The methods allow serological data to be combined with SARS-CoV-2 case counts from polymerase chain reaction (PCR) tests to better estimate the prevalence of antibody response, calculate the number of infections detected, and predict future trends in the coronavirus pandemic.

After computing, the team estimates a posterior mean antibody prevalence of 0.57 percent in the greater Vancouver area during the first pandemic wave. This matches previous estimates of 0.55 percent.

"Our posterior conditions on more data (case counts) and is constrained by disease dynamics, and so we expect less uncertainty in our estimates (this is reflected in our tighter confidence intervals)," the team explained.

The team concluded that the estimates match those from classical methods. However, the group's estimate is more accurate.

Top: Estimated number of infections in the greater Vancouver area between January 26 and May 27. Posterior mean shown by the solid line with 95% credible band in grey. Bottom: Observed cases in Vancouver over the same time frame.
Top: Estimated number of infections in the greater Vancouver area between January 26 and May 27. Posterior mean shown by the solid line with 95% credible band in grey. Bottom: Observed cases in Vancouver over the same time frame.

Importance of serology testing

Antibodies are usually detected in the blood of those tested positive for COVID-19, showing they developed an immune response to the infection. Serology testing determines these antibodies' presence to detect previous infections in those with few or no symptoms.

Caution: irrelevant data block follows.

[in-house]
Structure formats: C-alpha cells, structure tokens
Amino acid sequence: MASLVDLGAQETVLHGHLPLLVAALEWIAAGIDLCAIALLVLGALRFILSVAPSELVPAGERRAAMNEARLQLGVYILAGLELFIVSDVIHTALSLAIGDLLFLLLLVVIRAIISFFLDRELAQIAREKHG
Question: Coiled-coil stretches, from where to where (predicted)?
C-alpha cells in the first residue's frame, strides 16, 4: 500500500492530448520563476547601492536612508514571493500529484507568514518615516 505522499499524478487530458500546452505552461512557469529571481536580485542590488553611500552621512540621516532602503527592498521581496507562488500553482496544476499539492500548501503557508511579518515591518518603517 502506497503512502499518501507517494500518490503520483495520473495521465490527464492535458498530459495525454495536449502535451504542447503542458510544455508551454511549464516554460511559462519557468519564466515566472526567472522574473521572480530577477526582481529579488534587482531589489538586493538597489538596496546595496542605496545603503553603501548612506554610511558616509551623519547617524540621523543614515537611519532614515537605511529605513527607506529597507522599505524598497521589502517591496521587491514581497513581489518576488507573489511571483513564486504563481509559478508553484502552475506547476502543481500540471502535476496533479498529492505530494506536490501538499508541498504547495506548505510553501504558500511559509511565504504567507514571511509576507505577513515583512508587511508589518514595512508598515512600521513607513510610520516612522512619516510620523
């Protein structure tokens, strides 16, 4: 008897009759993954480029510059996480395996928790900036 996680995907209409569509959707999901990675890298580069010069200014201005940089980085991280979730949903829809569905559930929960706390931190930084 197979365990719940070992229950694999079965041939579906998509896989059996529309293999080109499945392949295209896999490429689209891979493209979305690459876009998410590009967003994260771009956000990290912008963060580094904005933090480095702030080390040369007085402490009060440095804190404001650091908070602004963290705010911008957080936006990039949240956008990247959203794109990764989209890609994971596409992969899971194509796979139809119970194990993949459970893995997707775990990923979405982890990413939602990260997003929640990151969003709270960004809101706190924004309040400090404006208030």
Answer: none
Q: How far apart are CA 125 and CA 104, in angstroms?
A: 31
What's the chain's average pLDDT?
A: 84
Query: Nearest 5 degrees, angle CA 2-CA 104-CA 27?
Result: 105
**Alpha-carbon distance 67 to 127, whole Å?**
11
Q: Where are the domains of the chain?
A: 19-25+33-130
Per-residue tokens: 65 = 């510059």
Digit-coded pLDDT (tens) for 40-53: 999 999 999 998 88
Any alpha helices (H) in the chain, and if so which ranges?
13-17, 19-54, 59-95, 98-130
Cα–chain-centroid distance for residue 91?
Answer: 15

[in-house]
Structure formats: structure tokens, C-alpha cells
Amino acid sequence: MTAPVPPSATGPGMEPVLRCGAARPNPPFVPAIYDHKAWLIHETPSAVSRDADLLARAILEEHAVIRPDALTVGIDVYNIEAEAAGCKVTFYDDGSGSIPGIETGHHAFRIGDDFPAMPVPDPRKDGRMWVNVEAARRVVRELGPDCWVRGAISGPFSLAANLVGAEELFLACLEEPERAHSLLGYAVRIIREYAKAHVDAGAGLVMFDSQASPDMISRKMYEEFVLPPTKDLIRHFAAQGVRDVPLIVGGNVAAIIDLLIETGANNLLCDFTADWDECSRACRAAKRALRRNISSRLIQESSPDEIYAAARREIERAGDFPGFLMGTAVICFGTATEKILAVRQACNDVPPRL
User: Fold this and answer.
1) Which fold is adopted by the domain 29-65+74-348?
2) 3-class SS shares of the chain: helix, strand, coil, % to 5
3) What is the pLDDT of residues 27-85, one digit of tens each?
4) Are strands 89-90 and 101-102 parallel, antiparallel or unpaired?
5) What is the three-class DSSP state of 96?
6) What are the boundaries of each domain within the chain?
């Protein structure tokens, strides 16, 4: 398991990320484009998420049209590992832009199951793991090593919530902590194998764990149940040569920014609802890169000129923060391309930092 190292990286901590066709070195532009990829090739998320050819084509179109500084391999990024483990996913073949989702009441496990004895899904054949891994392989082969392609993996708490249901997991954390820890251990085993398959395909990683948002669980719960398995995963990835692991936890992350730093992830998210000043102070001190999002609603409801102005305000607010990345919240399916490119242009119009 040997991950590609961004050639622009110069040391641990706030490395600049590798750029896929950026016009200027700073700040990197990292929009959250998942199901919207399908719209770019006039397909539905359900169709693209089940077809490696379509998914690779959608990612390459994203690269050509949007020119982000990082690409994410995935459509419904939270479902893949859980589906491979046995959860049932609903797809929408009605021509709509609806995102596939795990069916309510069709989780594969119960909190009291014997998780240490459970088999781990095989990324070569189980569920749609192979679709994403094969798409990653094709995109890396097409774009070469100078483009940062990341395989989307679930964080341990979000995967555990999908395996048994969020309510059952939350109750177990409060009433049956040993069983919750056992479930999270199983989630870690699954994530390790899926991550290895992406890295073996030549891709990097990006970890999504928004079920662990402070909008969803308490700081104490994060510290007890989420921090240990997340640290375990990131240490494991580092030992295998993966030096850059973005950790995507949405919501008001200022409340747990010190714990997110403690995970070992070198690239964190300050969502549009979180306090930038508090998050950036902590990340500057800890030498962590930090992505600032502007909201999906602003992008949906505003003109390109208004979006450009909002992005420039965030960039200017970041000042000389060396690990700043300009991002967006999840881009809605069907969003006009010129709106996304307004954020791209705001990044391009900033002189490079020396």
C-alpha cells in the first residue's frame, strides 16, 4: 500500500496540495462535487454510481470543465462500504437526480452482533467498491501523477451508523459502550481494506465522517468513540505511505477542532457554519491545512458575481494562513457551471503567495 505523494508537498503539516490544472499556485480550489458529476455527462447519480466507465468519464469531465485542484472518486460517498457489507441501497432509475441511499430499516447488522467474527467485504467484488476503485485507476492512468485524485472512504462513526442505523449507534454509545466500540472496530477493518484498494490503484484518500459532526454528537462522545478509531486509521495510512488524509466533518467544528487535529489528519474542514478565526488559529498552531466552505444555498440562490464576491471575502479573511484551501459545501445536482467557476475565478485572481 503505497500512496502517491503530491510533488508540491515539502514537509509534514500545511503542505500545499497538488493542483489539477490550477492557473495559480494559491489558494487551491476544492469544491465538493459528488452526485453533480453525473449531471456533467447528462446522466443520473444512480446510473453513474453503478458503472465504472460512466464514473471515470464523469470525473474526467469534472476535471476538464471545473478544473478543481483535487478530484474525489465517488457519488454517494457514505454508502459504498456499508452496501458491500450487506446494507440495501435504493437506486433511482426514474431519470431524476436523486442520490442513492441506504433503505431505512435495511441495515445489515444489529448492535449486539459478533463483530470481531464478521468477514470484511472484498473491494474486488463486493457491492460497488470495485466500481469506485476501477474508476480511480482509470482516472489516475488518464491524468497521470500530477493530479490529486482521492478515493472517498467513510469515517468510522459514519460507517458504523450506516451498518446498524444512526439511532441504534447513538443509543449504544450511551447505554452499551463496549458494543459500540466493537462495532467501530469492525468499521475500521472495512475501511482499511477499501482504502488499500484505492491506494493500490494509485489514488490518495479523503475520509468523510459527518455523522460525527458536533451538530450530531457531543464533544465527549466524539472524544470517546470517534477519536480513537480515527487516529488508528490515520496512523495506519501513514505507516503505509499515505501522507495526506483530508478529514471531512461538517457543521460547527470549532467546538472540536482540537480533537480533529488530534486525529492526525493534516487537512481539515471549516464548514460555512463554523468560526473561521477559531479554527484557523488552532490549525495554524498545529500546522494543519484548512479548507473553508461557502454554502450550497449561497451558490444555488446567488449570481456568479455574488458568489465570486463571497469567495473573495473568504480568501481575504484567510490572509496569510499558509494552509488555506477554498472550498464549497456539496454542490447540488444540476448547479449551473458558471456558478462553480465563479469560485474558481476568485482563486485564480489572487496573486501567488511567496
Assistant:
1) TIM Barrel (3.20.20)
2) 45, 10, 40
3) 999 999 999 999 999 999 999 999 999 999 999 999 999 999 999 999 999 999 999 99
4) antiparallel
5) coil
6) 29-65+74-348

Apart from detecting the pandemic's extent, serology testing can also help scientists determine how much protection antibodies provide against re-infection. This can also help in current vaccination efforts.

Further, it is designed to estimate the percentage of the population previously infected with the virus. The data can help to guide the response to the pandemic to protect the public's health.

Global case toll

Many countries have imposed new lockdowns as the number of SARS-CoV-2 infections soars. The total number of cases has reached over 127  million, while 2.79 million people have died.

The United States reports the highest number of cases, reaching over 30.33 million, followed by Brazil and India, with over 12.57 million and 12 million, respectively. Meanwhile, France has reported surging cases, with its case toll topping 4.61 million, followed by Russia and the United Kingdom, with 4.47 million and 4.35 million cases, respectively.

Vaccine efforts have rolled out in many countries, and health experts urge residents to get their jabs. Though the threat of new variants may affect vaccination efforts, protecting as many as possible can reduce the burden on healthcare systems.

Source:
Journal reference:
Angela Betsaida B. Laguipo

Written by

Angela Betsaida B. Laguipo

Angela is a nurse by profession and a writer by heart. She graduated with honors (Cum Laude) for her Bachelor of Nursing degree at the University of Baguio, Philippines. She is currently completing her Master's Degree where she specialized in Maternal and Child Nursing and worked as a clinical instructor and educator in the School of Nursing at the University of Baguio.